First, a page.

Aurora University

Spanish Students Translate ‘The Global Language of Headwear’ Exhibit

Headwear
“Kayapo/Mekranoti Headdress (Akkapa-ri).” Brazil, mid-to-late 20th century. Feathers, cotton, reed. ©2012 Courtesy of Hat Horizons. Photograph by Matthew Hillman.

In a creative collaboration, Aurora University Spanish students translated into Spanish the didactics at the Schingoethe Center’s latest exhibit, “The Global Language of Headwear: Cultural Identity, Rites of Passage, and Spirituality.”

The traveling exhibition explores the vital role of ceremonial headwear throughout diverse cultural customs, beliefs, and rituals. It features 89 hats and headdresses from 43 countries and is a tribute to the stunning diversity of the world’s cultures.

Students from Spanish professor Denise Hatcher’s Language and Community Immersion class translated the interpretive texts for all of the objects, as well as the introductory text and the thematic wall labels.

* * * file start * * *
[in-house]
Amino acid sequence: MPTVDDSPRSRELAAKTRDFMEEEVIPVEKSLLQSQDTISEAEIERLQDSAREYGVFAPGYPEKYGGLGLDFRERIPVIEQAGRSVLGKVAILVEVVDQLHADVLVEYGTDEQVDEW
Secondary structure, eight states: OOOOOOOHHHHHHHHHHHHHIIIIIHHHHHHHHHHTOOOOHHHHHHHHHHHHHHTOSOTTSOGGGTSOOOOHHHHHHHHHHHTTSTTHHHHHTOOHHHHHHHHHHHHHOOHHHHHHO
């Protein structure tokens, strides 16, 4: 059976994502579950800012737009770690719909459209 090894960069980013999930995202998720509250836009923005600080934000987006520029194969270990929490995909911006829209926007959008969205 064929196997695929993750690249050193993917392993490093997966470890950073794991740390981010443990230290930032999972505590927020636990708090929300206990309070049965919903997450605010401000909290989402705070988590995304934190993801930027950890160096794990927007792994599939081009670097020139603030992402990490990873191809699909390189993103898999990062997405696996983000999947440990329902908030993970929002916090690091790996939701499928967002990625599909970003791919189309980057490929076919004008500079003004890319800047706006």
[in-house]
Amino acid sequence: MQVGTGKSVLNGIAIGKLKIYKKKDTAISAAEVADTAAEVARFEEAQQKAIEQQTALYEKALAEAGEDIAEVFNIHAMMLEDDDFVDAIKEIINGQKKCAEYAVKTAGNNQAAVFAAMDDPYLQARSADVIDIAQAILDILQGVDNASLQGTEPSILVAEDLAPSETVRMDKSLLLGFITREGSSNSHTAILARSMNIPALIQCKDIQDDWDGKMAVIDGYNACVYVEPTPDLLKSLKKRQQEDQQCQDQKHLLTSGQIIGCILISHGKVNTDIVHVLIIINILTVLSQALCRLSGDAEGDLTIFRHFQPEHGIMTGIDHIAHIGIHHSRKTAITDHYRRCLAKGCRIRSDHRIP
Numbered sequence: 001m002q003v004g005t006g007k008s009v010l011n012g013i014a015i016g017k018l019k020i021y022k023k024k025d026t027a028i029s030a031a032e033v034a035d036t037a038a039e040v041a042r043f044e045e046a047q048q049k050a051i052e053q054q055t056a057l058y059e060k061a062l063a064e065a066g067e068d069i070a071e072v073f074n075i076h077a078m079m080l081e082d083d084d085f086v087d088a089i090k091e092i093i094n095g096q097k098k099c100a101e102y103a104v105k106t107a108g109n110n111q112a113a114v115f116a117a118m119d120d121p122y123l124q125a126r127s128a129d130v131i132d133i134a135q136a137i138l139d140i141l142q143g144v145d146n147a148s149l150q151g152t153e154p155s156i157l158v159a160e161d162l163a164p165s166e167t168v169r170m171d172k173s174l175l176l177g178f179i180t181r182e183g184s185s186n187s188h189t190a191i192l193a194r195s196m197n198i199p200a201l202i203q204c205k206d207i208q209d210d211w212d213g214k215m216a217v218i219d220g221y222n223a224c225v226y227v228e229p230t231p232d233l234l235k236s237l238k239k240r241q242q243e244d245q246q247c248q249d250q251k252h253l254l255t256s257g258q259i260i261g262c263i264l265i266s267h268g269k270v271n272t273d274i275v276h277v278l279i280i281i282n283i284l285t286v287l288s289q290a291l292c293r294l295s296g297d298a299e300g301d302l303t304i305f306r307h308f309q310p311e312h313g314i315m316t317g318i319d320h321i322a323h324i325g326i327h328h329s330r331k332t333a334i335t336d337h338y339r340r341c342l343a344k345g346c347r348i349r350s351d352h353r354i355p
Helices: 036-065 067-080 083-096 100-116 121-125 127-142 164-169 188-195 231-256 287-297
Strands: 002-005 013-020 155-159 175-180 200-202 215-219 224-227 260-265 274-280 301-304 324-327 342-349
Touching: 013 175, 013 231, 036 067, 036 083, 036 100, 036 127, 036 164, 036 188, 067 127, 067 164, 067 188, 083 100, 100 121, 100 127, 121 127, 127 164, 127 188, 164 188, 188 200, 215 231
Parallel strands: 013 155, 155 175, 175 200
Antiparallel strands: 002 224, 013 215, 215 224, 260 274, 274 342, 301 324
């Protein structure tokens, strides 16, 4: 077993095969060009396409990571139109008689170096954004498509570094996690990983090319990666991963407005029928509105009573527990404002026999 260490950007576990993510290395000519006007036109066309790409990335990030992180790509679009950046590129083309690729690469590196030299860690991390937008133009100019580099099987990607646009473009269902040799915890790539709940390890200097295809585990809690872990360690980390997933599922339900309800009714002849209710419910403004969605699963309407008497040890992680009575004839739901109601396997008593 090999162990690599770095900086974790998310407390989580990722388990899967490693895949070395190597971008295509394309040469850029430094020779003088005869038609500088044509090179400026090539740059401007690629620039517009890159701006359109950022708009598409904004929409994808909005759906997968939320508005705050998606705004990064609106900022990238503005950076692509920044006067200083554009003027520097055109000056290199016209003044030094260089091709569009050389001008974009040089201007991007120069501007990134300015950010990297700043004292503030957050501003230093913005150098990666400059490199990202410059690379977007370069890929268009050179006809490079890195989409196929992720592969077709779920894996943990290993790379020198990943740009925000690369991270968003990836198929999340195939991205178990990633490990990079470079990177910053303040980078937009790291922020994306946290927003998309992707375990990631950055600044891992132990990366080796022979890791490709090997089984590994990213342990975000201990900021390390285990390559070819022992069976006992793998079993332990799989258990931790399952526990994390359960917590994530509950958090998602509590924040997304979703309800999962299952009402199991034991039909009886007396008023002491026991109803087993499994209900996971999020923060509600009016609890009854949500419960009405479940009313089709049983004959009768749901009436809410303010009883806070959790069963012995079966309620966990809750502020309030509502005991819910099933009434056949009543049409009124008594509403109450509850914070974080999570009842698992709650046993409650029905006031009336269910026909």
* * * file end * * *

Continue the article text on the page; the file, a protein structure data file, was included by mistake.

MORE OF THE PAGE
“We want to make the Schingoethe Center more accessible to the community,” said Natasha Ritsma, the museum’s director. “We are working to keep language from being a barrier to people enjoying all the museum has to offer.”

The exhibit was jointly organized by independent curator Stacey W. Miller and International Arts & Artists, a Washington, D.C.-based nonprofit. The exhibit closed in May, but a virtual tour is available on the Schingoethe Center website at aurora.edu/museum. The Spanish translations will accompany the traveling exhibit as it continues to other venues.